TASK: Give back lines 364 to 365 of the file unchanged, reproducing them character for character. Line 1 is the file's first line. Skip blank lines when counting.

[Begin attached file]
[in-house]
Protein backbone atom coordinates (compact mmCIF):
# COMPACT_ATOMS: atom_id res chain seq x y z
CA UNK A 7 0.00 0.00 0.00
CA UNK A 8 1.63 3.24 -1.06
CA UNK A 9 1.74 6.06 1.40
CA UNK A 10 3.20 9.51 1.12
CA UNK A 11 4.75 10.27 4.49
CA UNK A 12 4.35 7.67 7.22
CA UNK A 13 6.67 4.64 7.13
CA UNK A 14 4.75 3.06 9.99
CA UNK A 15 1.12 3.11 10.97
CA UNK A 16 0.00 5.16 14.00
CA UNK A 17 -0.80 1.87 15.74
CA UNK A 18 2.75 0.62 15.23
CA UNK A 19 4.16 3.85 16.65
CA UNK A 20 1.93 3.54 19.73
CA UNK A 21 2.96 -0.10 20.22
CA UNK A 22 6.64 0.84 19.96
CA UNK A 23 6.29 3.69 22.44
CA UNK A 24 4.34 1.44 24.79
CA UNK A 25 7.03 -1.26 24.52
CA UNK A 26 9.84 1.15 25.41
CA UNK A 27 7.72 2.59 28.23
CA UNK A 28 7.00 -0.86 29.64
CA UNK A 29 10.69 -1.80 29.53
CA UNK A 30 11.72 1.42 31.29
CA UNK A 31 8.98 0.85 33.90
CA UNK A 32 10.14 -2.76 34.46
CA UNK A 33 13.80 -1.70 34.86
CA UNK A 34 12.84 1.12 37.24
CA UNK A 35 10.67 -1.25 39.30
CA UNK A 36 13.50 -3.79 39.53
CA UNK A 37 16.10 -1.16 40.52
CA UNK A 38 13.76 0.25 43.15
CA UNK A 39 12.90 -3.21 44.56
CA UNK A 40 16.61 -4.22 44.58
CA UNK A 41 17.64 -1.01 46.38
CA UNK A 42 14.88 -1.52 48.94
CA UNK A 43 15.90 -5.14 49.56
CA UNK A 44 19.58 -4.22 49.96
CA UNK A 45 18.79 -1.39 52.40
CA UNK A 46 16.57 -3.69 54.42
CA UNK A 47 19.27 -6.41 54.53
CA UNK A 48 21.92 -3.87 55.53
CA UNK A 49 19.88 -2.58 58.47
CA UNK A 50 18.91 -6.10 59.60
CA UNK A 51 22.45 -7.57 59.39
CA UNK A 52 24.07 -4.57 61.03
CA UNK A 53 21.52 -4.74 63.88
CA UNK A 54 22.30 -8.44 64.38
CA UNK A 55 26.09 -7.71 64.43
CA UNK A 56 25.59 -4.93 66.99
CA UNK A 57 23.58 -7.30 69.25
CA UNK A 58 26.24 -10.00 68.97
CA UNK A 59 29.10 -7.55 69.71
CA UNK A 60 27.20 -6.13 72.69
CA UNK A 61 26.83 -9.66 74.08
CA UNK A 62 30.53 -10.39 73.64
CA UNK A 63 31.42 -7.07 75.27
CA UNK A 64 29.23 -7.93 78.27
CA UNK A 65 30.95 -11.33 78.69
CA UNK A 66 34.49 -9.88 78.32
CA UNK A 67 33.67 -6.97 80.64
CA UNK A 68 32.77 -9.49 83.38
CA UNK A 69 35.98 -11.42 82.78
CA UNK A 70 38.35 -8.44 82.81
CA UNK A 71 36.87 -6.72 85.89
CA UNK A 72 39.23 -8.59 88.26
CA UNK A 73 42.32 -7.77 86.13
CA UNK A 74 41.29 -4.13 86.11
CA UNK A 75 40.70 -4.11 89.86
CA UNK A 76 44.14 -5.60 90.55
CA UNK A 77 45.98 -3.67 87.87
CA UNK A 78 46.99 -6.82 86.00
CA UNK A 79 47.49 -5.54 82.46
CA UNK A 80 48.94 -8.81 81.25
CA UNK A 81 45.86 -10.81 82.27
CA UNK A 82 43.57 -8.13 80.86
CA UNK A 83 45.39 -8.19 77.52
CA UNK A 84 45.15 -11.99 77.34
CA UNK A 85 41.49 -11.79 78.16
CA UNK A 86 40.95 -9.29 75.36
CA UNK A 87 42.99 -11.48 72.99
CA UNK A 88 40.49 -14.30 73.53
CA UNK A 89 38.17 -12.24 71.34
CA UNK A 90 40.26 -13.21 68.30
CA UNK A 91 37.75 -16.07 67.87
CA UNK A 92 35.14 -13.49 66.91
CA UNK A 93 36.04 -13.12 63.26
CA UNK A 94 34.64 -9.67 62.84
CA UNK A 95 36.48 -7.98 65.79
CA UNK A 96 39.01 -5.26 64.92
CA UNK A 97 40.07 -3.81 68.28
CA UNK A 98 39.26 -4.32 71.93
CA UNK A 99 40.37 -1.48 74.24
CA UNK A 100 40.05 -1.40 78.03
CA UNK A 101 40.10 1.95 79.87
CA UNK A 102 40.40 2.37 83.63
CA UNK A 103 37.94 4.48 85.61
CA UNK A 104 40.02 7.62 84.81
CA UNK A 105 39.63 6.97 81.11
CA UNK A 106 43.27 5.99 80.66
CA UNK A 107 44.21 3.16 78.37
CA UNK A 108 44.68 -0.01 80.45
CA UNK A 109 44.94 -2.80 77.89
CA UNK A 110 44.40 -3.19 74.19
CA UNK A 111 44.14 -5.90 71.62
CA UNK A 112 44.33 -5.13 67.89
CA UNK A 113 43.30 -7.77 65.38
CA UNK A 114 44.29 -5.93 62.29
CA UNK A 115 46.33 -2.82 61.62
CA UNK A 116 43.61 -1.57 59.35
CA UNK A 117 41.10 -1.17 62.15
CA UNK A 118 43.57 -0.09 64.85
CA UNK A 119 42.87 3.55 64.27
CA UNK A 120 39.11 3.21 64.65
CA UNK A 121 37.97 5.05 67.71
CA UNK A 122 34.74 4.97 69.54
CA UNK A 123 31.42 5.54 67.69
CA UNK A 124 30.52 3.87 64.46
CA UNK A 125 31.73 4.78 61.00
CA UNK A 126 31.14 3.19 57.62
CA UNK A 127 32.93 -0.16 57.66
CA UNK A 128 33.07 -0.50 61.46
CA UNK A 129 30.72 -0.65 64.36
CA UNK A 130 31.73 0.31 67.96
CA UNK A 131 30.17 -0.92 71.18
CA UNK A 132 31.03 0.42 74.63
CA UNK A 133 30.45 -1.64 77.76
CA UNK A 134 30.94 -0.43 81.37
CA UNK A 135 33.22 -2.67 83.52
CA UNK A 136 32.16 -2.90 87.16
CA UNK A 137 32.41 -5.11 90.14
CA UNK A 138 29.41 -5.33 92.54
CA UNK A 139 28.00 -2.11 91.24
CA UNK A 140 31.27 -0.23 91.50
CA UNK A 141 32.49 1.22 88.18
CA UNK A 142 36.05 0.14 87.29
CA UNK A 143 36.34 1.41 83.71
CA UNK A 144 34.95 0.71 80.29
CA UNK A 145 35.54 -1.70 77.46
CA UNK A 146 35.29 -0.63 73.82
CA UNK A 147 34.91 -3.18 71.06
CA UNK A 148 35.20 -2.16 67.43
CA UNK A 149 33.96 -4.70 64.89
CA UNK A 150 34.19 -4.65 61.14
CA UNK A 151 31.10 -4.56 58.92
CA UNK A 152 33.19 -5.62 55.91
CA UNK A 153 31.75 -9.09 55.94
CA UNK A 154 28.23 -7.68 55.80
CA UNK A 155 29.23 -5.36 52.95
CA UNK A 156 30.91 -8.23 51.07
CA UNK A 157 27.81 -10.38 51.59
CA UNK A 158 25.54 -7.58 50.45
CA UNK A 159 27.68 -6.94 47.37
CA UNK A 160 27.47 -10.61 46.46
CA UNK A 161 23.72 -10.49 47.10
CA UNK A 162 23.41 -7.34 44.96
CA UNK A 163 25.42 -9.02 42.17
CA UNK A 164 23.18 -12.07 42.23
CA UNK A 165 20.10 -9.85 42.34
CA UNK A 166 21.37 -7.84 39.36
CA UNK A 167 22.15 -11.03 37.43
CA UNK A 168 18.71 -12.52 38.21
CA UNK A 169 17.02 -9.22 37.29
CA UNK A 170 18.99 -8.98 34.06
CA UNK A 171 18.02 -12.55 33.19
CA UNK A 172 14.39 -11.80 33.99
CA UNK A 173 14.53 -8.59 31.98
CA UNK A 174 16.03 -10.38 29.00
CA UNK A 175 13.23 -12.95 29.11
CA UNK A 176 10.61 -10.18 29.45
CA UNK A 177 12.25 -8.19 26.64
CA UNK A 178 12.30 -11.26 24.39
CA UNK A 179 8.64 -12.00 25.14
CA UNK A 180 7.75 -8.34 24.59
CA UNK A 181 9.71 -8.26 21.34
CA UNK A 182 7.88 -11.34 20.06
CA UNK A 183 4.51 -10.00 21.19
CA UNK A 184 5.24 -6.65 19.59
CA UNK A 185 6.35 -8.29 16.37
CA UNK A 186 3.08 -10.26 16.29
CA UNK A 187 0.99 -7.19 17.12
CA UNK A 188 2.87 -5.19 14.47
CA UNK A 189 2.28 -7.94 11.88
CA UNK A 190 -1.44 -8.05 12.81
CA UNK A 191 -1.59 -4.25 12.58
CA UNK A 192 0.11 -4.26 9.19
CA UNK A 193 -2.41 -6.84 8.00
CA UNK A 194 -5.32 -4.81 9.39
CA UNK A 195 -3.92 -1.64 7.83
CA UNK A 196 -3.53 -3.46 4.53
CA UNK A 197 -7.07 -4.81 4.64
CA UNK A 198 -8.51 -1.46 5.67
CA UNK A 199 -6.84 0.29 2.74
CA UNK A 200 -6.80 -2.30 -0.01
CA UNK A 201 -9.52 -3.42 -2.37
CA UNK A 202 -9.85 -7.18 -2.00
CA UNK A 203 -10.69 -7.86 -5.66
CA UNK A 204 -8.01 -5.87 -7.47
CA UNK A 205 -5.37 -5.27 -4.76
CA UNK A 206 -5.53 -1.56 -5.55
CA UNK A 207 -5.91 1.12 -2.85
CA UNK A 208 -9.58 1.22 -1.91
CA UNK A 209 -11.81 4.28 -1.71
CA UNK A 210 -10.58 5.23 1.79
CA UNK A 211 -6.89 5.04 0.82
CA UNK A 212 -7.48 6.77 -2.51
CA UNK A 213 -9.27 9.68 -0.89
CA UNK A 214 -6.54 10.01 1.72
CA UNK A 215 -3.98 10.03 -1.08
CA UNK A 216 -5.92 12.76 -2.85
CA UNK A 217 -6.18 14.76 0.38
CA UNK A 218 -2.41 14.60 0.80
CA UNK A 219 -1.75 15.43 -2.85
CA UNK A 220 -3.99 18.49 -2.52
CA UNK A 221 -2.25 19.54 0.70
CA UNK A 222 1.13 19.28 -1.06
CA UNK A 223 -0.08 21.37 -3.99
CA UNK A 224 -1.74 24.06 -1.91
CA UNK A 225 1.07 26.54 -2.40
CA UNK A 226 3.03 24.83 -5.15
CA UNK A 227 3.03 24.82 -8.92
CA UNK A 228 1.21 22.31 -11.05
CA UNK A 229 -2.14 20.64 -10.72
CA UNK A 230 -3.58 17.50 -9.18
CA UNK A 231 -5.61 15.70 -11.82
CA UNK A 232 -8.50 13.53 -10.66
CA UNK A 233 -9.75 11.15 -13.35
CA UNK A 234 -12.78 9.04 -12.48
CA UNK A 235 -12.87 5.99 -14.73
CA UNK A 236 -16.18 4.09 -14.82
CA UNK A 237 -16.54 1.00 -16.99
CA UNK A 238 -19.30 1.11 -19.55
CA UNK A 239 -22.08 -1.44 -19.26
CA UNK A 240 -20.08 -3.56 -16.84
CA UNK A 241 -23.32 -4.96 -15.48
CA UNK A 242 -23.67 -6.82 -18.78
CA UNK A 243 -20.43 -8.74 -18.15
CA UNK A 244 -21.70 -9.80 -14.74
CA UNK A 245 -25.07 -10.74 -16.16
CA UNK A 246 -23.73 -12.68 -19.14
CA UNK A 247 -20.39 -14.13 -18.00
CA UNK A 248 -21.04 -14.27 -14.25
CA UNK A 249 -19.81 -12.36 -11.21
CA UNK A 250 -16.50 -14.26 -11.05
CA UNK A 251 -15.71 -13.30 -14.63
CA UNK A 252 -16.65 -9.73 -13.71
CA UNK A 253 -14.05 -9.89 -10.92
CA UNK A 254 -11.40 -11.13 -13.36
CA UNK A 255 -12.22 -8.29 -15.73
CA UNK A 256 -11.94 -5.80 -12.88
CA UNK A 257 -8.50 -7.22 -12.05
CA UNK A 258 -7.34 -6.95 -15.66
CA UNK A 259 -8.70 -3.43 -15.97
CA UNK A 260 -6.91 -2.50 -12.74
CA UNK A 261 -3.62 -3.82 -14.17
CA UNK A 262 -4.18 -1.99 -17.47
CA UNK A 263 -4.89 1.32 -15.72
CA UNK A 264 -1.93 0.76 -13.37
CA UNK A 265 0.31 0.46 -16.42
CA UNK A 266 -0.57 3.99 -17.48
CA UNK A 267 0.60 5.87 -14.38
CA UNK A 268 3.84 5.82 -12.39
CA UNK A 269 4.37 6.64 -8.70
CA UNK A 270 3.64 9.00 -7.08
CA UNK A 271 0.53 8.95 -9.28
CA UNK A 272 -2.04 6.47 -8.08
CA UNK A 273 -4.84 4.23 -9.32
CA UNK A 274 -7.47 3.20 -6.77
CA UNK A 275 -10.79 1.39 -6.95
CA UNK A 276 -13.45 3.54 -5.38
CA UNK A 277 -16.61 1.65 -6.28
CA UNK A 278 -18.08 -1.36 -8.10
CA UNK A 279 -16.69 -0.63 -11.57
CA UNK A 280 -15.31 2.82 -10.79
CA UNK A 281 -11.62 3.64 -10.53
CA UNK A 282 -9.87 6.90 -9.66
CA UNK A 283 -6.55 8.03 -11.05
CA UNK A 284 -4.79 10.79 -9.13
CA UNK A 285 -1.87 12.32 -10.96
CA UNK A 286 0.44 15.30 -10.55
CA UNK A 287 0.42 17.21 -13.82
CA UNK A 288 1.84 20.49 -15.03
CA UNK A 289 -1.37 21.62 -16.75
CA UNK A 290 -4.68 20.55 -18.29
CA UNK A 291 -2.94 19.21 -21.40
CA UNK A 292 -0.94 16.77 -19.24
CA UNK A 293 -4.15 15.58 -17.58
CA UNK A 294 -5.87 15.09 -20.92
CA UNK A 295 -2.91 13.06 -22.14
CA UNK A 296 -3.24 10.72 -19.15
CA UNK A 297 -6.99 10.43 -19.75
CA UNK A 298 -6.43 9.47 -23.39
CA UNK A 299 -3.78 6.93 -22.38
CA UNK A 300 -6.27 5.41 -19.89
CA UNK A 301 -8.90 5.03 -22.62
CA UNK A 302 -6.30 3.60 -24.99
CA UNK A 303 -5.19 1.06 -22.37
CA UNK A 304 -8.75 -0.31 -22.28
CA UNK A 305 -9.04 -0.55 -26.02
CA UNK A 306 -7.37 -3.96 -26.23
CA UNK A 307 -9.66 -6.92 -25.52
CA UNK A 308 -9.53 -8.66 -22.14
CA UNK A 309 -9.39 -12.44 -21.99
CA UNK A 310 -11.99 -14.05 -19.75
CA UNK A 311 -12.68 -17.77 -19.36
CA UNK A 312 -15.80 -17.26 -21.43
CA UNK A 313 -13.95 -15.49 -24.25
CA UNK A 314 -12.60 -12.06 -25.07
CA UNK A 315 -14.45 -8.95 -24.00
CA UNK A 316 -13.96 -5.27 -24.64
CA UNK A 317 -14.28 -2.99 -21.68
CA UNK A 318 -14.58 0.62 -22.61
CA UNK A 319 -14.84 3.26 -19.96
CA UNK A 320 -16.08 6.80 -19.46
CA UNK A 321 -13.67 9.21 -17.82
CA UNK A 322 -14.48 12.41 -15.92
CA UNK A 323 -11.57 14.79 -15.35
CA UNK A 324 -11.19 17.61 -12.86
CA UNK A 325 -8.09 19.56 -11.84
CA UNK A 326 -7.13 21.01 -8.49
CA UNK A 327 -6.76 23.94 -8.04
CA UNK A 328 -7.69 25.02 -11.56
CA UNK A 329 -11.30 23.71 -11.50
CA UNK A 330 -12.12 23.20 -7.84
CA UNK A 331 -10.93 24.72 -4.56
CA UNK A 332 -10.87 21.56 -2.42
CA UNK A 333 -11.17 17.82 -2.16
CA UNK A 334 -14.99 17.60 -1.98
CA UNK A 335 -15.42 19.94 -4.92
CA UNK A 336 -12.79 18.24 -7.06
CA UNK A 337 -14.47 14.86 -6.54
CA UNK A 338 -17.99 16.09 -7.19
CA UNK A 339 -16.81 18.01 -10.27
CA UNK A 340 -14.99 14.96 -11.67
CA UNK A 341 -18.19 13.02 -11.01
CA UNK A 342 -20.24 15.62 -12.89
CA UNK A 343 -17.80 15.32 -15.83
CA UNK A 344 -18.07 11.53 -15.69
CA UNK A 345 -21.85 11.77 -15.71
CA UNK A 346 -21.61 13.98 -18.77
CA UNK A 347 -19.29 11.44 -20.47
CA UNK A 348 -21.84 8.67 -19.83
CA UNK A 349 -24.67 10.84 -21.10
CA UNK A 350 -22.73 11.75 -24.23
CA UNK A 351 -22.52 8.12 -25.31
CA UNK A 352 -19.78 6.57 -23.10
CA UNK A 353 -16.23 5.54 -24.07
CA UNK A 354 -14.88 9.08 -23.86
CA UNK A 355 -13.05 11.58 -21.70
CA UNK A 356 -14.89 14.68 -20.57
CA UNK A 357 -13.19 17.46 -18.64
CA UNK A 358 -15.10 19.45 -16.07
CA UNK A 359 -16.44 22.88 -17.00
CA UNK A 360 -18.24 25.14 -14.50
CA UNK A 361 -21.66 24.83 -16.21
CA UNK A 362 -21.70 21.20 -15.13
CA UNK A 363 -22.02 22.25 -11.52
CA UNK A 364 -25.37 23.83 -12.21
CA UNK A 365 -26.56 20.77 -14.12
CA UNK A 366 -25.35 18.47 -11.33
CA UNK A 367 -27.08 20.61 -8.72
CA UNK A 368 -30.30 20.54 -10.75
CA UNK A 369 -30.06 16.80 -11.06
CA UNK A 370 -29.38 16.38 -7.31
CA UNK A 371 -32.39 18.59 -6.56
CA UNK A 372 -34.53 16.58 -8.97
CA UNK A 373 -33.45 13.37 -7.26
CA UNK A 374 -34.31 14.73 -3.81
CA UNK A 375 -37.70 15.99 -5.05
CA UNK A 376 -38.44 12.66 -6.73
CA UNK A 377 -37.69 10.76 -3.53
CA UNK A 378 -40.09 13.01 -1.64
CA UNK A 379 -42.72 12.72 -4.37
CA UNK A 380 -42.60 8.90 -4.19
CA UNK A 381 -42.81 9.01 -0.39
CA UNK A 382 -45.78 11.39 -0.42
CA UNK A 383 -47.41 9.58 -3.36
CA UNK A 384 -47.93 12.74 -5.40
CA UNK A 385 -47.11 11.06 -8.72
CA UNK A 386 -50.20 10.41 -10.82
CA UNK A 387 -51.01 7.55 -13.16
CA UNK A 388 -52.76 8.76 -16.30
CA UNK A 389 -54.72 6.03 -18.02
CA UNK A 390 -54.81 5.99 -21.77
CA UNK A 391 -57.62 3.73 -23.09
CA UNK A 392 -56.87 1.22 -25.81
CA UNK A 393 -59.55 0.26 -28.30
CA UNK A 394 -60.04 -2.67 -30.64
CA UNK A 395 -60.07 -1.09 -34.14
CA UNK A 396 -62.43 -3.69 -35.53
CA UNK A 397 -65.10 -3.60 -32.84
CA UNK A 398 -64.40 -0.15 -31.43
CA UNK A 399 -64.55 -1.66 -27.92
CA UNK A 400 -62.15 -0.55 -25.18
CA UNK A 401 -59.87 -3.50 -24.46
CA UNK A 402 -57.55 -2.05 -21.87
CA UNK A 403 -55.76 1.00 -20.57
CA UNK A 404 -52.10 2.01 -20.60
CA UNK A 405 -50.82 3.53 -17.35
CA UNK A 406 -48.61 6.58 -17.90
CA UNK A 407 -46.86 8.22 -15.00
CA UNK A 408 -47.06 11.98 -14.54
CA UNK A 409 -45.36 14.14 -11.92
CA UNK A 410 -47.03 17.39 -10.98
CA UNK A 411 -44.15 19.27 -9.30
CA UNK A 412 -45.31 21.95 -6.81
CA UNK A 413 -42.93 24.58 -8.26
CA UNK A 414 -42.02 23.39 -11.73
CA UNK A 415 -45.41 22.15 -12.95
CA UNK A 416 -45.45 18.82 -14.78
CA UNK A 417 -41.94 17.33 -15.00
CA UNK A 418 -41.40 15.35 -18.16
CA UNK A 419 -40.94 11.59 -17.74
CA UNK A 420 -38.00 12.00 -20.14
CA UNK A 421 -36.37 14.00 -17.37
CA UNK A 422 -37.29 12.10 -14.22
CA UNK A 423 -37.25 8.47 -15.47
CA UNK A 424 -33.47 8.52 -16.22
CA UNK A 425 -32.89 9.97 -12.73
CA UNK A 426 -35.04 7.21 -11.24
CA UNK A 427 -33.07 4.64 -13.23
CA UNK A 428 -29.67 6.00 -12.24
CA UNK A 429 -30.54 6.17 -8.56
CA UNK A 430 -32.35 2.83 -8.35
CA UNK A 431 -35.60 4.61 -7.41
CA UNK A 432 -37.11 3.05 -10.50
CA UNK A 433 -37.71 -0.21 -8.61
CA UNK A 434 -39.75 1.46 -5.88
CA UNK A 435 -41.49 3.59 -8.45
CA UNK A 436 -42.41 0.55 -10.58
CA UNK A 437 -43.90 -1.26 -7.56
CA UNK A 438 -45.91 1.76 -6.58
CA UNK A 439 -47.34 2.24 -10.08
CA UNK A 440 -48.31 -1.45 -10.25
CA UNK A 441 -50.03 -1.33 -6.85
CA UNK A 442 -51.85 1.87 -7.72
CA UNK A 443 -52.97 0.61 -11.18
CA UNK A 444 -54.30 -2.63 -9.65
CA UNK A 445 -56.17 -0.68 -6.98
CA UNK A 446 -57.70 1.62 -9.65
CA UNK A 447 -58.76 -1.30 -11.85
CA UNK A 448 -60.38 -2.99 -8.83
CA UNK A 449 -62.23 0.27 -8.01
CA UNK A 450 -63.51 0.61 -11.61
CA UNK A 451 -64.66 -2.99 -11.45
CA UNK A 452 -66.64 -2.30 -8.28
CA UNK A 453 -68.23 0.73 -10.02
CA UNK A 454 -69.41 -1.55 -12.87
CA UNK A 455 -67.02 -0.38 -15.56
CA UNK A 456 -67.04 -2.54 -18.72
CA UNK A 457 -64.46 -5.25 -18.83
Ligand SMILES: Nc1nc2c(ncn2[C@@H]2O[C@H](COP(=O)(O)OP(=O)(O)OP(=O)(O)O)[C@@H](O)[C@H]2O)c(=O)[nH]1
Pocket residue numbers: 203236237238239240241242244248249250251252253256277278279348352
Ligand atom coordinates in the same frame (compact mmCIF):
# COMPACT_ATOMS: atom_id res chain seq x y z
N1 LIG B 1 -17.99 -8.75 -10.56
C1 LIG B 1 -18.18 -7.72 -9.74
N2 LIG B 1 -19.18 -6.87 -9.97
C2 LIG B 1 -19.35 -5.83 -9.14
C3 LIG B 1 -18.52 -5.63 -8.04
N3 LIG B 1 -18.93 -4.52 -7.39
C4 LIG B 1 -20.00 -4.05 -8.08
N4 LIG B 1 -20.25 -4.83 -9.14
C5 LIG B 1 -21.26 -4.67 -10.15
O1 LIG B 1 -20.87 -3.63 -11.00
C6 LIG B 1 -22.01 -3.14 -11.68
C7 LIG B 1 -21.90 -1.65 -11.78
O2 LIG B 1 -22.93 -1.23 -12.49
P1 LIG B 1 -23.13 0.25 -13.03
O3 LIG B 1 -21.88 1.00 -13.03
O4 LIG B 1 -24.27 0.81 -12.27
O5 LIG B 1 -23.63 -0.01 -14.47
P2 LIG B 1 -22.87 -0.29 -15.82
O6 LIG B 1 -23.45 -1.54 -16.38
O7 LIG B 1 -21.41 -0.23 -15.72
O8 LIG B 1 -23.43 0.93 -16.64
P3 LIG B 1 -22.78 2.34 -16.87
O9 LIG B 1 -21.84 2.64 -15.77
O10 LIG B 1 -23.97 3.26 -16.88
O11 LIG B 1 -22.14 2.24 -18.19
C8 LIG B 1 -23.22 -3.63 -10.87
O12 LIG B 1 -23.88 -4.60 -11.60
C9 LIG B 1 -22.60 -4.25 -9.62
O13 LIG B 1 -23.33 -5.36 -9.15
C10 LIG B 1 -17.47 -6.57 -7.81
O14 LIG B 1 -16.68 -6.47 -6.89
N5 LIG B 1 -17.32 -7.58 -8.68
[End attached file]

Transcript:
CA UNK A 367 -27.08 20.61 -8.72
CA UNK A 368 -30.30 20.54 -10.75